In these past few days, when I’ve seen myself,
I seem like someone else.
I don’t know how to take this.
I don’t see why he moves me.
He’s a man. He’s just a man.
And I’ve had so many men before,
In very many ways,
He’s just one more.
Notice the words, “He’s a man, he’s just a man.” Satan has orchestrated attacks like this on the fact of the virgin birth ever since it was proclaimed to the shepherds in Bethlehem.
Philosophers and scientists scoff at it as nothing but a “childish myth.” Jewish leaders, from the earliest of times, have written it off as “a cruel hoax.” Saddest of all, many modern day Christian theologians contend that it is “a non-essential legend.”
Satan’s attacks have been very successful.
Today, the virgin birth is flagrantly denied by professors at many Christian seminaries. In fact, I would venture to say that it is the most ridiculed doctrine in the Christian faith. It is usually dismissed as nothing but a “johnny-come-lately myth” conjured up by a bunch of ignorant shepherds in the First Century.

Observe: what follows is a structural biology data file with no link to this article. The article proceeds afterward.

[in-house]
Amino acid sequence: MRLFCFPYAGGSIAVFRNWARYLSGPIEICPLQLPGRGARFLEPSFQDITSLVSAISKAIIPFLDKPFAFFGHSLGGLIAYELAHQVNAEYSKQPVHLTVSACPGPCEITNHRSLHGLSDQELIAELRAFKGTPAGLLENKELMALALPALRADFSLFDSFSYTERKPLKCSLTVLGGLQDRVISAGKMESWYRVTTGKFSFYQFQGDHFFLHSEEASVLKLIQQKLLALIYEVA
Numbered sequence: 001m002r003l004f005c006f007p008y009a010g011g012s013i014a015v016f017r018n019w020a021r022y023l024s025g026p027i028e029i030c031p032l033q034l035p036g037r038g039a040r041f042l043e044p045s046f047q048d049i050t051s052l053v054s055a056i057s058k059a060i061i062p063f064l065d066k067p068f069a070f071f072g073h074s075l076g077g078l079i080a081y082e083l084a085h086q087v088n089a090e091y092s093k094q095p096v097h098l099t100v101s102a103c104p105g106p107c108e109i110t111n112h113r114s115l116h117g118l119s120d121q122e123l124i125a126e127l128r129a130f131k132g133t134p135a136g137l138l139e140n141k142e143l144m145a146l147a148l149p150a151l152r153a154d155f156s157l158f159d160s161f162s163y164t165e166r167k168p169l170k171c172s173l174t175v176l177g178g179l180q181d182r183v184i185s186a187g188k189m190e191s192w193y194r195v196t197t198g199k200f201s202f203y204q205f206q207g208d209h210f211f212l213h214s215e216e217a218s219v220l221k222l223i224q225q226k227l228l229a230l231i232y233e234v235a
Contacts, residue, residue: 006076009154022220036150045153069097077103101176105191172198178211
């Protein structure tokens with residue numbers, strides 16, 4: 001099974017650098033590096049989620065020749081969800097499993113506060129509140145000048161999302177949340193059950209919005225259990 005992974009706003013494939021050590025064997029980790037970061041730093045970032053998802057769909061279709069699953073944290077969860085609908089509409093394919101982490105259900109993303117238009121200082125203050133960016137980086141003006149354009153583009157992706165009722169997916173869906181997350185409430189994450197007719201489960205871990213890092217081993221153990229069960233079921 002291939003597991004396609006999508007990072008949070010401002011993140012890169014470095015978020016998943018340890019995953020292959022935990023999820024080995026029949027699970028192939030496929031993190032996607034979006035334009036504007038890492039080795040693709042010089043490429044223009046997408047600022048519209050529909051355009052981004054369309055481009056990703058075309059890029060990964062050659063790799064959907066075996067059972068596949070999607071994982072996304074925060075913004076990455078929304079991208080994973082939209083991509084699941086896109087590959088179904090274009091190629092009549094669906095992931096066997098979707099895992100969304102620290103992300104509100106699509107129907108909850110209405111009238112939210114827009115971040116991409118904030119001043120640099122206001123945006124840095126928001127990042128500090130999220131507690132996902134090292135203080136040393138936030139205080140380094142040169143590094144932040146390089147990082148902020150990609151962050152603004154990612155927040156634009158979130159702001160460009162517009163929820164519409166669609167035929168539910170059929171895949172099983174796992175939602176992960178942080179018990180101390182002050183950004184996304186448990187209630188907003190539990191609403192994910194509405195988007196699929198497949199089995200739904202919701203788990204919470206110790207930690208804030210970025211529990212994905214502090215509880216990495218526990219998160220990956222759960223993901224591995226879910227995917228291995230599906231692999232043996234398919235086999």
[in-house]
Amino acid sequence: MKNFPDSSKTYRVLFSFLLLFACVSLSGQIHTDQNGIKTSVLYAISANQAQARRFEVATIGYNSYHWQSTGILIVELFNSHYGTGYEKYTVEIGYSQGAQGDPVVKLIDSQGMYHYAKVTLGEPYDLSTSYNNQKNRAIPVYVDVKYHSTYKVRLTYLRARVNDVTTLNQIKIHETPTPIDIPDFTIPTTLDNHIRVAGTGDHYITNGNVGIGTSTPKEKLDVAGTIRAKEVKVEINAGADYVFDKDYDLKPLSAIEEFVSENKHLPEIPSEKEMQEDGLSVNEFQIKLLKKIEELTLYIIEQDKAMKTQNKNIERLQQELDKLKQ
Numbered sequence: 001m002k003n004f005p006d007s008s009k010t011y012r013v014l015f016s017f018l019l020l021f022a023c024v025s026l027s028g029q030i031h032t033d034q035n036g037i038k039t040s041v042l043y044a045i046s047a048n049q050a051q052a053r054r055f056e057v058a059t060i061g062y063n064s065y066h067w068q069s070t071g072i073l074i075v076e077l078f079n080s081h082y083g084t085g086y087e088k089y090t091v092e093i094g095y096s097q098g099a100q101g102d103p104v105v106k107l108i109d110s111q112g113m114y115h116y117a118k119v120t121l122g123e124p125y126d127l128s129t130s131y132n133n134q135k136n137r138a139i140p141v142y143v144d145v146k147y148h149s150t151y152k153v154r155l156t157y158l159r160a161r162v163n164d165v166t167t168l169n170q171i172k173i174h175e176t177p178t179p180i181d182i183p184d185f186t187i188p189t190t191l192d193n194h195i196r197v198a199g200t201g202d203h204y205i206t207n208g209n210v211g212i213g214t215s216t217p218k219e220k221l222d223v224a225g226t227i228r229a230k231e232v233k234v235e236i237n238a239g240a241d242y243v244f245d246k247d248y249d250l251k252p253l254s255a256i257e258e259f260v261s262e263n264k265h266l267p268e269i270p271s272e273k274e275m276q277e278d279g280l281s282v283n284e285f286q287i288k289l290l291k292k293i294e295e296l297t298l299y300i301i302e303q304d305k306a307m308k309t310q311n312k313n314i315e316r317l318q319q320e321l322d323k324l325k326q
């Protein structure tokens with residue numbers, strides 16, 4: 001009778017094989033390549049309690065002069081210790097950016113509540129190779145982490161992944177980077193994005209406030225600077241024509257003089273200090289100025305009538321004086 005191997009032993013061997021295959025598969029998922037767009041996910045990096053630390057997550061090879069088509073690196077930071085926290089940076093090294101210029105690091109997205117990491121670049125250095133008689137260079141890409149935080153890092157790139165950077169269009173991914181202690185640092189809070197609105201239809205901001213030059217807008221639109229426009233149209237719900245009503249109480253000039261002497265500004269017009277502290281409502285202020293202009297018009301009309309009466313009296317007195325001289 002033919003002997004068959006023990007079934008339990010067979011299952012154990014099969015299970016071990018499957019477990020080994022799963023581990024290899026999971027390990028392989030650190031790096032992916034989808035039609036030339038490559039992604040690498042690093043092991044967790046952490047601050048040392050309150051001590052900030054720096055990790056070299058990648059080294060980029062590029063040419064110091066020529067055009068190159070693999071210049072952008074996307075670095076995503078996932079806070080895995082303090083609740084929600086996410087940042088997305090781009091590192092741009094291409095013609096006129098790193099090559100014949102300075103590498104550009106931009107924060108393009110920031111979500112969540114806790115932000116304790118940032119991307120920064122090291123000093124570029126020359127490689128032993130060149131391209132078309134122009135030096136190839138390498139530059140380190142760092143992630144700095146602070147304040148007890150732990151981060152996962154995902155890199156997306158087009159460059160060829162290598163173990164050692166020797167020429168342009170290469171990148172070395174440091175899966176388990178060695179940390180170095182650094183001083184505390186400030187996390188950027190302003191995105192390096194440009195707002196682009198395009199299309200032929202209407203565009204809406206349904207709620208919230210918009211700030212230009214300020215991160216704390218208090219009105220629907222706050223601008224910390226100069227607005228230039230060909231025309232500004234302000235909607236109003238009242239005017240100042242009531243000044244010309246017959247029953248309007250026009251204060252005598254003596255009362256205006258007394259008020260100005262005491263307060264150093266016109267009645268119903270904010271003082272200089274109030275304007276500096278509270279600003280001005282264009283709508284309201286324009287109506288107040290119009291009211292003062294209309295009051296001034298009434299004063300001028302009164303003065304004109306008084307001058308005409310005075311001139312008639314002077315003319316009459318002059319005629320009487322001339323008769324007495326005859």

This observation is supported by polls. In 1998 the Harris group took a poll of over 7,000 clergy in the U.S. and found the following percentages of clergymen denying the virgin birth:10
19% of American Lutheran clergy
34% of American Baptist pastors
44% of Episcopalian priests
49% of Presbyterian ministers
60% of Methodist clergy
79% of Congregational pastors
This unbelief among clergy is taking its toll on the American general public. In 1998, the year the clergy poll was taken, 83% of Americans believed in the virgin birth. Ten years later, that percentage had dropped over 20 points to 61%.11
Still, these polls show that among the general public there is much more faith in God’s Word than among the clergy!
Ambivalence in Jesus’ Time
The interesting thing is that this ambivalence about the origin of Jesus is nothing new. Even in the time of Jesus, His origin was a matter of ambivalence and constant speculation.